Wellington: Prime Minister John Key won an emphatic victory on Saturday in New Zealand's general election to return for a third term in office, a result that will be seen as an endorsement of the way his National Party has handled the economy.
"This is a great night. This is a victory for those who kept the faith," Key told a cheering crowd in Auckland. "This is a victory for those who refused to be distracted and who knew that a vote for National was a vote for a brighter future for all New Zealanders."
Key gave credit to his deputy prime minister, Bill English, whom he described as "the best finance minister in the developed world."
With just a small number of special votes remaining to be counted, Key's party ended election night with 48 per cent of the vote.
It was a disastrous night for the National Party's closest rival, the Labour Party, which won just 25 per cent.
"The truth is, the party vote has returned a National government, and over the coming days and weeks we will need to reflect upon why," Labour Party leader David Cunliffe said in his concession speech. He said he called Key to congratulate him on his victory.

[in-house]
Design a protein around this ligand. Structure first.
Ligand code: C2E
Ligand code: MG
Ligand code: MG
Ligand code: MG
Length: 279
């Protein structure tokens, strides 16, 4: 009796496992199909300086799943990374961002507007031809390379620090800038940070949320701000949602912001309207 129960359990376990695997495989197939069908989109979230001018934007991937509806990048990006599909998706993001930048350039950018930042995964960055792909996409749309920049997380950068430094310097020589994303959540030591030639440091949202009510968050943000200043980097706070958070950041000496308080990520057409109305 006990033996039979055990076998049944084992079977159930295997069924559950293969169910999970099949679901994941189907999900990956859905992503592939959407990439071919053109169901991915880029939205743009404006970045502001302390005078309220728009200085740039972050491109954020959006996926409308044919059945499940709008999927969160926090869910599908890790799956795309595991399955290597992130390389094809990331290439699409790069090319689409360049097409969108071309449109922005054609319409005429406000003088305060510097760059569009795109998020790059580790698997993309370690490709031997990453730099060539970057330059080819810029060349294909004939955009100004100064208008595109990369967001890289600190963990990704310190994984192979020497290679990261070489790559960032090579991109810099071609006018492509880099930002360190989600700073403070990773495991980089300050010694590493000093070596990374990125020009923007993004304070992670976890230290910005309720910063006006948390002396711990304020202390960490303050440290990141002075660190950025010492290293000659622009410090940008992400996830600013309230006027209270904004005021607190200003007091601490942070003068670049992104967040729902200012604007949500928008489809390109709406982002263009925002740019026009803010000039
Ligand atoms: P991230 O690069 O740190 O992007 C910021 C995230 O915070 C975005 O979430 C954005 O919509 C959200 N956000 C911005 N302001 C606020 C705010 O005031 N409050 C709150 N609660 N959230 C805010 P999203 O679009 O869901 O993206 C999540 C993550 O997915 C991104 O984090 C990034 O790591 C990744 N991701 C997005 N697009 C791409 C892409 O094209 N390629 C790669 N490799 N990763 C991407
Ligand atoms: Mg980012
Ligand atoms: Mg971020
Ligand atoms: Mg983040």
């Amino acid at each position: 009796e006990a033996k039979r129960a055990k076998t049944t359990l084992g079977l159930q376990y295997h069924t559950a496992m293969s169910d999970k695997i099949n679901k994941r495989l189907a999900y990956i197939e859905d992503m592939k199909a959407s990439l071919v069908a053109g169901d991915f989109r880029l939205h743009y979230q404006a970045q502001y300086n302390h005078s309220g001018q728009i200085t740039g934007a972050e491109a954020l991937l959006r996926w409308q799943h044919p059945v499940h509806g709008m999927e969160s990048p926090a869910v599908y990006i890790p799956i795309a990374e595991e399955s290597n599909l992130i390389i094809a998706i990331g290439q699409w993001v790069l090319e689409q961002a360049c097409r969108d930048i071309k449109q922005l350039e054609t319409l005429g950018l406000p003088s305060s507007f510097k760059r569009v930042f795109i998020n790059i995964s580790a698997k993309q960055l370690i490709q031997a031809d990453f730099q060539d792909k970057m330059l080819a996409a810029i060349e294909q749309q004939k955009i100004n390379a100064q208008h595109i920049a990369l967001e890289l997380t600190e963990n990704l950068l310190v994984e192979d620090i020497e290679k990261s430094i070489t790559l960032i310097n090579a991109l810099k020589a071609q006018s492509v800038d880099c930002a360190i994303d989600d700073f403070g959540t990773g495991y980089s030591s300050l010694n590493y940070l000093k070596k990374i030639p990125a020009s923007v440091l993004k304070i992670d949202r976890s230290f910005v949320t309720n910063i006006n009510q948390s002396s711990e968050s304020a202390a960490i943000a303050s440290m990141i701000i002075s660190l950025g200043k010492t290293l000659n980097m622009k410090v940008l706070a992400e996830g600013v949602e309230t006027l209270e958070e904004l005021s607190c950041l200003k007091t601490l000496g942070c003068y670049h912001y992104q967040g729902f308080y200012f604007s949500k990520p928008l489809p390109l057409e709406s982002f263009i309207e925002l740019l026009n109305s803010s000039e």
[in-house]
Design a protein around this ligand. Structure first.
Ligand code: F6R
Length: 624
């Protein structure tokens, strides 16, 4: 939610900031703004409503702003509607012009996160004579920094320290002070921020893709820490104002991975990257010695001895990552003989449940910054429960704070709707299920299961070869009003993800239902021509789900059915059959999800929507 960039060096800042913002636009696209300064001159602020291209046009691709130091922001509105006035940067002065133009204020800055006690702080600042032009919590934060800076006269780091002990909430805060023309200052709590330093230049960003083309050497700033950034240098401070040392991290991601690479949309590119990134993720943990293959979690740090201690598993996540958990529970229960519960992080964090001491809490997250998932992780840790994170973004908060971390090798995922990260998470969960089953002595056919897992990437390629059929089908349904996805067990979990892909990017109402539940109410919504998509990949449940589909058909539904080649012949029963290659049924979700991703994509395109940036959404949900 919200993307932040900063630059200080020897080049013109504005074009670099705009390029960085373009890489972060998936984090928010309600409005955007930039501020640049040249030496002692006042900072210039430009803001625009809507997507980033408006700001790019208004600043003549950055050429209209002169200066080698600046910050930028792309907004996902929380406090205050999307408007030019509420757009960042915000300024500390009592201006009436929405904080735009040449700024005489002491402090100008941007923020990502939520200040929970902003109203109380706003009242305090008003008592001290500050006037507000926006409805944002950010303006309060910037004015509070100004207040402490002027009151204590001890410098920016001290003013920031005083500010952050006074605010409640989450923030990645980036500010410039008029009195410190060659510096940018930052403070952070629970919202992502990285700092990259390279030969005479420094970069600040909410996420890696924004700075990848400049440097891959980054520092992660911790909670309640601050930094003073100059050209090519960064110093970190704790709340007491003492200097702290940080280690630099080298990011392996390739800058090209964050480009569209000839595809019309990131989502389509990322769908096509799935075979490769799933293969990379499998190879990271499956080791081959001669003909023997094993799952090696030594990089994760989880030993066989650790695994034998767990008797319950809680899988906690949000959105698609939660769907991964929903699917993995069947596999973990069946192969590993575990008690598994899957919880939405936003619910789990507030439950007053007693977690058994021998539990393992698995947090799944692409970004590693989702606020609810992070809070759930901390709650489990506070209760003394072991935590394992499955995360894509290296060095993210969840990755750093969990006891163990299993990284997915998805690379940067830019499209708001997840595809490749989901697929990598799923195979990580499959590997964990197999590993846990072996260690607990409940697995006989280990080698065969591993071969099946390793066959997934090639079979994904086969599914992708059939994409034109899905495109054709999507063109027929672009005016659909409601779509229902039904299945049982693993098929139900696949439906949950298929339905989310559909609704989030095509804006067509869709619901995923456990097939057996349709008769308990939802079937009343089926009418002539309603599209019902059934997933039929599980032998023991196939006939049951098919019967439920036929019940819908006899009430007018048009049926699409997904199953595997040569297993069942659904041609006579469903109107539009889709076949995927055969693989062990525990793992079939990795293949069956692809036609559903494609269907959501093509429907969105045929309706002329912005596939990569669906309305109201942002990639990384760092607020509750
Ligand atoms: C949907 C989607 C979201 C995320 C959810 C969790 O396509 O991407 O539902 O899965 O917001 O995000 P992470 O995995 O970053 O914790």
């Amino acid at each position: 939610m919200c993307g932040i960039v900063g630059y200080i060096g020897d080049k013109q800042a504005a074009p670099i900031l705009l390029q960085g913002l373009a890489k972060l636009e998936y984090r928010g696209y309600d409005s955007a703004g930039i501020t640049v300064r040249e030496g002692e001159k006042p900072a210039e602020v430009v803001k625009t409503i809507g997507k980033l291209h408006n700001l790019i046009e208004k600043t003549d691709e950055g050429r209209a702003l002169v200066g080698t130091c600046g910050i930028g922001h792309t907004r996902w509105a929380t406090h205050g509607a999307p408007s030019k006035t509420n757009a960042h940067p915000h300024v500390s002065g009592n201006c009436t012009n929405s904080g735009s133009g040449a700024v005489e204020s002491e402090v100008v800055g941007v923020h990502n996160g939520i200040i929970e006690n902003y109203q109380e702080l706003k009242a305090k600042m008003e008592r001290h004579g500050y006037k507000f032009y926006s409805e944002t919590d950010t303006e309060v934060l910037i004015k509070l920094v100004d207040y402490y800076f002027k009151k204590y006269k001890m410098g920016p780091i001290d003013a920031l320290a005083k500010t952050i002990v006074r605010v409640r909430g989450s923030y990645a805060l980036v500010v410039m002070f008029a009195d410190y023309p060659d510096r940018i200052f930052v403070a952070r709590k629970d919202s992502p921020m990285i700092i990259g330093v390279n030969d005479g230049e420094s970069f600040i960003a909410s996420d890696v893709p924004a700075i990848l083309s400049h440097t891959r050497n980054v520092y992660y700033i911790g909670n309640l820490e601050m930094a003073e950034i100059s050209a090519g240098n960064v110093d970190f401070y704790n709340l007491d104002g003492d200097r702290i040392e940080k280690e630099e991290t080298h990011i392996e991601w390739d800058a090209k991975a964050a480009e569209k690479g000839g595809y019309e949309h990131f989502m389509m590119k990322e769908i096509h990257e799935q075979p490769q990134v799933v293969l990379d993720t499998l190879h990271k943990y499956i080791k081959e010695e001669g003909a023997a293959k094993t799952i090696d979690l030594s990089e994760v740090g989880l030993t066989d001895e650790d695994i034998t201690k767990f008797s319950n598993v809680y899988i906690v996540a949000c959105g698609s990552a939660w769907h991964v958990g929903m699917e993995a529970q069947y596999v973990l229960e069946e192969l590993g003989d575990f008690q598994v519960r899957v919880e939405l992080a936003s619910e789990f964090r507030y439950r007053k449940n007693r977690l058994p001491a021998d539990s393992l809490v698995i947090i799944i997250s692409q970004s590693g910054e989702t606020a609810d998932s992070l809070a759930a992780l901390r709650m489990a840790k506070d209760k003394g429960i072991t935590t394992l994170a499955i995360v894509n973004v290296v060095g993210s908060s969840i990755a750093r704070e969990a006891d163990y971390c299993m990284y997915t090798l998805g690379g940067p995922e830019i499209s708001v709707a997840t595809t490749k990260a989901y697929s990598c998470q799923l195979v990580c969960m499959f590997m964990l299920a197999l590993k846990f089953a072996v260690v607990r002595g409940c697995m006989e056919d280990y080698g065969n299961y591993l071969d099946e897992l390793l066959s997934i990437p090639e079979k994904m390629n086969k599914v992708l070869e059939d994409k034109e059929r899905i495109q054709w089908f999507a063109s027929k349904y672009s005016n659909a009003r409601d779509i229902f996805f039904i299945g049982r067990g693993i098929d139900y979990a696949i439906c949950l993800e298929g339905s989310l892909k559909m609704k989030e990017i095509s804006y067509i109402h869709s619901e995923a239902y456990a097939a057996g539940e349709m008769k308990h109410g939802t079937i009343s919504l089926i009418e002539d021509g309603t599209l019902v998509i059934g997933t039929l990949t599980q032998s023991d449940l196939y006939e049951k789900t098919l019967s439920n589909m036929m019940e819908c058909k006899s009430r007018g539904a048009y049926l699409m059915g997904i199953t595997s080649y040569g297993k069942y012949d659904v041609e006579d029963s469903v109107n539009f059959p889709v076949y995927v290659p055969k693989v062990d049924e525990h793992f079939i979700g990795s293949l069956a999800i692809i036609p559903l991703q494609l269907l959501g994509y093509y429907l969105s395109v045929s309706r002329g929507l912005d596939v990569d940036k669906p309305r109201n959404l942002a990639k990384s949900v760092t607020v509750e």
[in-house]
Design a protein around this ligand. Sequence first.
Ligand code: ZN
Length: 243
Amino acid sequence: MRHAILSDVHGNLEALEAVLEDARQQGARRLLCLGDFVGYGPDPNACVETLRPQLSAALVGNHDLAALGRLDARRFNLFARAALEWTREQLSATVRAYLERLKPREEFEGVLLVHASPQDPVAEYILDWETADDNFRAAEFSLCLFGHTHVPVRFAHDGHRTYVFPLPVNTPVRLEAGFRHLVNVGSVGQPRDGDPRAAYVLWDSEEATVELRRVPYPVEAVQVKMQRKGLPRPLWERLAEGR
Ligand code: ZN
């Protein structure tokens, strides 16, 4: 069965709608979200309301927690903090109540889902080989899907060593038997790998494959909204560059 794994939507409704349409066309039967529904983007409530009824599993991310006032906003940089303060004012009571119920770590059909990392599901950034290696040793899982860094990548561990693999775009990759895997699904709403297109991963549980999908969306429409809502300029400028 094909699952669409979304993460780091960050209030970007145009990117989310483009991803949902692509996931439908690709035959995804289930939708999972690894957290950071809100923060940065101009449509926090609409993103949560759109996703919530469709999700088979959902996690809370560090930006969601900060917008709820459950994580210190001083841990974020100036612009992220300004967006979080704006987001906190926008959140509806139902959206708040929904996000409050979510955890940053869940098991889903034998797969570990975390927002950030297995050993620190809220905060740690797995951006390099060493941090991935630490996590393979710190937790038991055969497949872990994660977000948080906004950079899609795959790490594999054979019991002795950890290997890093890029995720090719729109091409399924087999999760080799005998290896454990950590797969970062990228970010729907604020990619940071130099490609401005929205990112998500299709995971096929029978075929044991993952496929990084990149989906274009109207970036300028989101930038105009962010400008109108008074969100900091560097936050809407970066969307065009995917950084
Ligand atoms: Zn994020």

"It is rare for any government to be defeated while surfing an economic rebound with around a 4 per cent growth rate, even though the longer-term problems remain to be addressed," Cunliffe said.
Cunliffe didn't address his future plans, but many expect him to resign as Labour leader in the coming months following the defeat.
The election result showed a swing to conservative parties, with the liberal Labour and Green parties losing ground.
Under New Zealand's proportional voting system, parties typically must form coalitions to govern for the three-year terms.
If the results hold, however, it would mean the National Party could govern outright, something that has not happened for any party since the proportional system was introduced in 1996.
But Key said during his victory speech that his party still intended to form a coalition with other smaller parties, to gain a broader majority and form a stronger government.
Still, the numbers would mean that the National Party could pass legislation that doesn't have the support of any other parties.
In the last election three years ago, the National Party won 47 per cent of the vote.
Supporters say the party has managed New Zealand's economy well. The economy has been growing at a 4 per cent clip, while unemployment has dropped to 5.6 per cent. The government projects it will begin running budget surpluses this financial year, following years of deficits.